The Giving Tree Is Sad Because Shel Silverstein Hated Happy Endings


Shel Silverstein’s The Giving Tree turned fifty this year and reading the story as an adult might not give you the same warm feeling it did when you were a child. In fact, you might think the tale is really saying ‘Wow, people are selfish assholes.’

Silverstein didn’t begin as a children’s book and poem author, he was a cartoonist and beatnik liaison of sorts for Hugh Hefner’s Playboy magazine, according to the New Yorker. But after helping Bob Dylan with the lyrics for “Blood on the Tracks” and Johnny Cash’s “A Boy Named Sue” between trips to the infamous Playboy parties, he took a stab at writing for kids. In 1964, he pumped out three kids books including The Giving Tree.

The book was wildly popular but was polarizing. Many detractors tried to make Silverstein explain the book’s deeper meaning because it’s kind of a sad story:

The beginning of the story is innocuous enough: a boy climbs a tree, swings from her branches, and devours her apples (I’d never noticed that the tree was a “she”). “And the tree was happy,” goes the refrain. But then time passes, and the boy forgets about her. One day, the boy, now a young man, returns, asking for money. Not having any to offer him, the tree is “happy” to give him her apples to sell. She is likewise “happy” to give him her branches, and later her trunk, until there is nothing left of her but an old stump, which the old man, or boy, proceeds to sit on.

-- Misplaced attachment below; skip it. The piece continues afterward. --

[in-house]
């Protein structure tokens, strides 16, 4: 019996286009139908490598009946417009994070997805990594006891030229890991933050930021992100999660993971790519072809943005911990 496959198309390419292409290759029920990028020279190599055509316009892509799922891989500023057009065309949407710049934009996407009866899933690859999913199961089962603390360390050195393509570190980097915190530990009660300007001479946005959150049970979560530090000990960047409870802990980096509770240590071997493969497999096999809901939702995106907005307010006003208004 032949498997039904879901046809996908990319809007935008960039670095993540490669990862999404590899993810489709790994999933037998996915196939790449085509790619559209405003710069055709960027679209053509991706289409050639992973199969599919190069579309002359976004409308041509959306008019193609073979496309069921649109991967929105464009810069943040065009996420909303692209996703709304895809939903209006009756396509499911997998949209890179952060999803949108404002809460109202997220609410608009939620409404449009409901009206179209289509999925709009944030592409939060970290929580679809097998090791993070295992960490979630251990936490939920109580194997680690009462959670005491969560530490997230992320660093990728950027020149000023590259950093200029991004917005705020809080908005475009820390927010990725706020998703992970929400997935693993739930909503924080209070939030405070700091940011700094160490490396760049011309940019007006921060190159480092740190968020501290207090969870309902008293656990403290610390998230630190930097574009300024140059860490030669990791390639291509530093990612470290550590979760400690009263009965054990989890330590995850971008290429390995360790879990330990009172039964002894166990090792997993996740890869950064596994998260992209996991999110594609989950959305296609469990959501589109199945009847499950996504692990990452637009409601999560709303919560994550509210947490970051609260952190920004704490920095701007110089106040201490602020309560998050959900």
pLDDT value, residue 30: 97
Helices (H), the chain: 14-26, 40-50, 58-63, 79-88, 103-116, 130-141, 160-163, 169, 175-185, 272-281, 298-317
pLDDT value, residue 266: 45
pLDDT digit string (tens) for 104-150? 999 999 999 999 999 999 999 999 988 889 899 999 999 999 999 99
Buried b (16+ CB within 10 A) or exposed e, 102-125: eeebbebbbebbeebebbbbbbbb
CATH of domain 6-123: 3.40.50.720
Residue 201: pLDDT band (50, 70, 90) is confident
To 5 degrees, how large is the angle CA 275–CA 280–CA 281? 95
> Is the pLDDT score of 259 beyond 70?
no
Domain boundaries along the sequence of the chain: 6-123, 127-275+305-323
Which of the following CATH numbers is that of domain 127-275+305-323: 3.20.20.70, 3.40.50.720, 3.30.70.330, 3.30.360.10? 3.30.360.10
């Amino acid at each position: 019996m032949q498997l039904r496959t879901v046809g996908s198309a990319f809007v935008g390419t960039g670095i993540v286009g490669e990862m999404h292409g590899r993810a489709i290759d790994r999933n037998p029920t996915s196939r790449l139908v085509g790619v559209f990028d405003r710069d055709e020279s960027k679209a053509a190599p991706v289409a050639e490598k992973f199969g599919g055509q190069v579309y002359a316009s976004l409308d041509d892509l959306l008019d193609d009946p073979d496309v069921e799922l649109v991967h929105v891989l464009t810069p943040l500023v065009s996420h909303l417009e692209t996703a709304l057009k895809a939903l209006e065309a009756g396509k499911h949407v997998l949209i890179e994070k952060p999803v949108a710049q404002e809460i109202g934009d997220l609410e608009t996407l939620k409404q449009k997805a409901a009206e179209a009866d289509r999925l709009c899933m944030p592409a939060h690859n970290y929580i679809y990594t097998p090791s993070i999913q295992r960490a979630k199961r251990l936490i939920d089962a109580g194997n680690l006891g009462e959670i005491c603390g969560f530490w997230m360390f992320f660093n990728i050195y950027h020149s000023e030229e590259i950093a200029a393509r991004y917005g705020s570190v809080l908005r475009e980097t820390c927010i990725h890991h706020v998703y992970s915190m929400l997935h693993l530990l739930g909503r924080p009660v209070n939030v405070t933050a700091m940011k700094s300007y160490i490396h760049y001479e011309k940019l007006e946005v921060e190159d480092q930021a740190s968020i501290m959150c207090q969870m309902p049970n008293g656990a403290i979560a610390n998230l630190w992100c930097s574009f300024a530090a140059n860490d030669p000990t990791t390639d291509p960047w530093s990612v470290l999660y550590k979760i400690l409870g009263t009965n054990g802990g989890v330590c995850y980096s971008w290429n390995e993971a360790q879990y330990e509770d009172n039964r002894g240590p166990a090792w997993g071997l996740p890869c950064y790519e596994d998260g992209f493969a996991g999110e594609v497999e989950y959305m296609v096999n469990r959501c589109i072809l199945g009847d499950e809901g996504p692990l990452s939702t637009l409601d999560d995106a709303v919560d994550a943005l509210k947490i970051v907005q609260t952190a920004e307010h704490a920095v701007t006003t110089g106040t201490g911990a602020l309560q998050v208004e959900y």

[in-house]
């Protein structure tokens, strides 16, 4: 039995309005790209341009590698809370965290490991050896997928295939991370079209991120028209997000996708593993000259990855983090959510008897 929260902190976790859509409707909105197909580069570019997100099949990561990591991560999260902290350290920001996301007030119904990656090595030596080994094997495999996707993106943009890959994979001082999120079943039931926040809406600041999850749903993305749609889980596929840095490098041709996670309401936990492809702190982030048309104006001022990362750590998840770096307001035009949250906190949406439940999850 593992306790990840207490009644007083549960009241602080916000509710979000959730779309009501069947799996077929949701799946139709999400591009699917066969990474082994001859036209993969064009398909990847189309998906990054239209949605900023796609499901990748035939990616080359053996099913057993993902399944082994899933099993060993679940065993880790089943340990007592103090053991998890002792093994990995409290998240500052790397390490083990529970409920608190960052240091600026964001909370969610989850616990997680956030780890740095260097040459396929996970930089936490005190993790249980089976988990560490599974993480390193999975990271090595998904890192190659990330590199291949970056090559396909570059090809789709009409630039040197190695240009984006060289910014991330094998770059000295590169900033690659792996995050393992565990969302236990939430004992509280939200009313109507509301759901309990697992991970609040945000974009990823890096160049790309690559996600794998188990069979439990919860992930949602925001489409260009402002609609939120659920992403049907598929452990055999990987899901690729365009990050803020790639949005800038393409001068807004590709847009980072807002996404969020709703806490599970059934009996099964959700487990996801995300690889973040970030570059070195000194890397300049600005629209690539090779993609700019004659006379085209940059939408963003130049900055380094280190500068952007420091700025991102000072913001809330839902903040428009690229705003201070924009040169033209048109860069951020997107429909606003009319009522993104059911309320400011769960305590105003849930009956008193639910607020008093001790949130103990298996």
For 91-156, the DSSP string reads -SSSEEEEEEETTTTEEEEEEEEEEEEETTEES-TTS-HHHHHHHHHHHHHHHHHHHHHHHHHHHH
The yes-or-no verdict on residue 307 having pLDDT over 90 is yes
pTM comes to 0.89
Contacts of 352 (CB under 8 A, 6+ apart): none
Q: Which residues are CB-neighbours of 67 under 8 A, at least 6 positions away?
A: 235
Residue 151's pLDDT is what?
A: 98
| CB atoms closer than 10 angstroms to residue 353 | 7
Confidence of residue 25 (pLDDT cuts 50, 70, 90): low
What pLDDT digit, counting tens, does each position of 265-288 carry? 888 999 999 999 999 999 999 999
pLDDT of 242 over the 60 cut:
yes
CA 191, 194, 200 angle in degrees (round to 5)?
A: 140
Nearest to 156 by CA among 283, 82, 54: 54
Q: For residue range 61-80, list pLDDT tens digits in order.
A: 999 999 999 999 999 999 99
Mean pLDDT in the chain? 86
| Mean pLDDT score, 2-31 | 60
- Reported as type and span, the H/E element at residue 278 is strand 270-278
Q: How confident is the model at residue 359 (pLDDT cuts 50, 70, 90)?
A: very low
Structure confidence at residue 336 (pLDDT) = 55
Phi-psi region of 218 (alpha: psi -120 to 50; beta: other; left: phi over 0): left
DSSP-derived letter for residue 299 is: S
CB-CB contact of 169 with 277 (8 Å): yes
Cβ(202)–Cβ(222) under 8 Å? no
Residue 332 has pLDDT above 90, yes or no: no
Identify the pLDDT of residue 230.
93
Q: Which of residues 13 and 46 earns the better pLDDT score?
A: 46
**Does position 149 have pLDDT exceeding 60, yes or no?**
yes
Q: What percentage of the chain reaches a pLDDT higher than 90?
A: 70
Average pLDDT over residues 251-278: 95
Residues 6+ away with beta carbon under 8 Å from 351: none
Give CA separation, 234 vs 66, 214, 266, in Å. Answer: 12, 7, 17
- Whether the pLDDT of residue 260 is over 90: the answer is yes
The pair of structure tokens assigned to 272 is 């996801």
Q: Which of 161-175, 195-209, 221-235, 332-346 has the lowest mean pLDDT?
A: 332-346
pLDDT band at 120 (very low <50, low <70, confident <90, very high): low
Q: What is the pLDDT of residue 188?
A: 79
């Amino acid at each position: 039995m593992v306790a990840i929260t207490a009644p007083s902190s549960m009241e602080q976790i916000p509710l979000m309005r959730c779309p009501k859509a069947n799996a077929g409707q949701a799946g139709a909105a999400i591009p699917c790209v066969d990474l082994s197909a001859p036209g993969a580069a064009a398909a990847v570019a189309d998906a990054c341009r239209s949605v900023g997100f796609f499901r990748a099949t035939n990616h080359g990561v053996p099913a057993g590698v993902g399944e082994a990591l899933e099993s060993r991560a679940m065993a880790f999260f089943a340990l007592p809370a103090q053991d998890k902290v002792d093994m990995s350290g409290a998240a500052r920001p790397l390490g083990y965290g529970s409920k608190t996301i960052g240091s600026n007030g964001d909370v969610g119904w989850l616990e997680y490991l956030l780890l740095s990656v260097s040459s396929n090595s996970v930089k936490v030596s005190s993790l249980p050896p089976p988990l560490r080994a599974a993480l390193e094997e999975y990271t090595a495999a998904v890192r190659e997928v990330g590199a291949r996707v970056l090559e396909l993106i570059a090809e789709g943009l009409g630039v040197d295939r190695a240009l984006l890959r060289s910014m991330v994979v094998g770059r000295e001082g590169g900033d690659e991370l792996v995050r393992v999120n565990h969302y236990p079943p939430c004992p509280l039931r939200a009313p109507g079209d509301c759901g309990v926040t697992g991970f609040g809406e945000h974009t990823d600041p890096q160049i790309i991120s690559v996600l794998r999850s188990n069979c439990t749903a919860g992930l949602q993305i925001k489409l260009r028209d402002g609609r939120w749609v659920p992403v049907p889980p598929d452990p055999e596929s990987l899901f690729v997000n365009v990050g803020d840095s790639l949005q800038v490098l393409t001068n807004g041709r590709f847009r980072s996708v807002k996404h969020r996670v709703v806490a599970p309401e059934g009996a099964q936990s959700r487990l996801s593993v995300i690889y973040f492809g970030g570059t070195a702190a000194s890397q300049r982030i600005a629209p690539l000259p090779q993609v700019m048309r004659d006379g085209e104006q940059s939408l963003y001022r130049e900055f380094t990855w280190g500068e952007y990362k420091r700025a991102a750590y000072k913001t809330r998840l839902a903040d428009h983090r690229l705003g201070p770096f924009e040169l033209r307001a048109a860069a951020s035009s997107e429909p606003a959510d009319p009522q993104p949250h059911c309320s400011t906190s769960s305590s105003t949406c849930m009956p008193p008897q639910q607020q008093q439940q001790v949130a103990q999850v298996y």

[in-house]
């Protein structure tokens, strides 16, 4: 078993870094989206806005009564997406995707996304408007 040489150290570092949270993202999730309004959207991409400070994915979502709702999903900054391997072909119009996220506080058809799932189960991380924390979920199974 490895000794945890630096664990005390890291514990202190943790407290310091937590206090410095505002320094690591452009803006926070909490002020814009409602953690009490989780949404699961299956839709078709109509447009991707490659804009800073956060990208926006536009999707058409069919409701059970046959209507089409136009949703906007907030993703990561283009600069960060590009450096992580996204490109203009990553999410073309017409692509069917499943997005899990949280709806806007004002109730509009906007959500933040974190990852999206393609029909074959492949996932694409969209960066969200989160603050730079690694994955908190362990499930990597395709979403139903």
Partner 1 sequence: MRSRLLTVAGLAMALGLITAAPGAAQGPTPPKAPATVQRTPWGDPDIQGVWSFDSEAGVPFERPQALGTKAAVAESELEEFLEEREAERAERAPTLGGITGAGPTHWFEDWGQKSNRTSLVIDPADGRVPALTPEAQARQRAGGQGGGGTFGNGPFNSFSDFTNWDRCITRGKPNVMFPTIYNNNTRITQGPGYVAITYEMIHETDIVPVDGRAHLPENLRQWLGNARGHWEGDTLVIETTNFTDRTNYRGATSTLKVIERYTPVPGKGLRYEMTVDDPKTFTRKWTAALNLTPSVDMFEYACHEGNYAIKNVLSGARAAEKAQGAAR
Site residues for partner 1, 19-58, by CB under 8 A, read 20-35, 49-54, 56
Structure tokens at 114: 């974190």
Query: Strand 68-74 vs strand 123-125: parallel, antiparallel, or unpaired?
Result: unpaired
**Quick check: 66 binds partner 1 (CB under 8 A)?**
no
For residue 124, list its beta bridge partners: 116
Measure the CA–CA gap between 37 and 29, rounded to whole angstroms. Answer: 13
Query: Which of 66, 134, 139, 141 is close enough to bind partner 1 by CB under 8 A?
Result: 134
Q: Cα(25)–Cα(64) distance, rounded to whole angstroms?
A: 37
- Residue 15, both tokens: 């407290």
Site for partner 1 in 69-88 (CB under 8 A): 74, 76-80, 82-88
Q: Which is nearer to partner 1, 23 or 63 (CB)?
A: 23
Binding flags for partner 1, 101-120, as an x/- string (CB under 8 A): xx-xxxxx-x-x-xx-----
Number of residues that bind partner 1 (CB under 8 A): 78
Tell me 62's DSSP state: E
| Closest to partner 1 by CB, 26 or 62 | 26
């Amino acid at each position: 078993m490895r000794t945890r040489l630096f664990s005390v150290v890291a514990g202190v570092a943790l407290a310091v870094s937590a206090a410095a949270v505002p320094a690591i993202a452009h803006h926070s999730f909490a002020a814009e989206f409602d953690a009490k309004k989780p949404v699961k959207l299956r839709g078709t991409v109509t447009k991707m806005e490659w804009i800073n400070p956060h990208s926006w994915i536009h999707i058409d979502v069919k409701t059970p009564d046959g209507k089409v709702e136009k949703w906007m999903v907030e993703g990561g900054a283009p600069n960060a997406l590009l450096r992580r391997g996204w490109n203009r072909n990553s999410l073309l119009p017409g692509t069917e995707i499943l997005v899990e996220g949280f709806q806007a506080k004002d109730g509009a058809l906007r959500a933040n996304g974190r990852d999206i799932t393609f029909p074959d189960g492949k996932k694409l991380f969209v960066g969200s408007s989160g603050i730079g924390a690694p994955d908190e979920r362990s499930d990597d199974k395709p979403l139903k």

Way harsh, Tai.

The first publisher Silverstein pitched the book to actually declined because of the story’s tear-jerking and selfish arc, but the author always said he wasn’t really a fan of unrealistic happy endings (the New Yorker piece notes that he “detested” them). Life is great but it can also be cruel, so why not prepare kids for the reality of their existence?

Silverstein might’ve had a dark cloud looming over The Giving Tree and his other famous poetry books Where the Sidewalk Ends and the wonderful A Light in the Attic. But through it all, he still had hope, and one of my favorite poems of his proves it:

Listen to the MUSTN’TS, child,
Listen to the DON’TS
Listen to the SHOULDN’TS
Listen to the NEVER HAVES
Then listen close to me-
Anything can happen, child,
ANYTHING can be.

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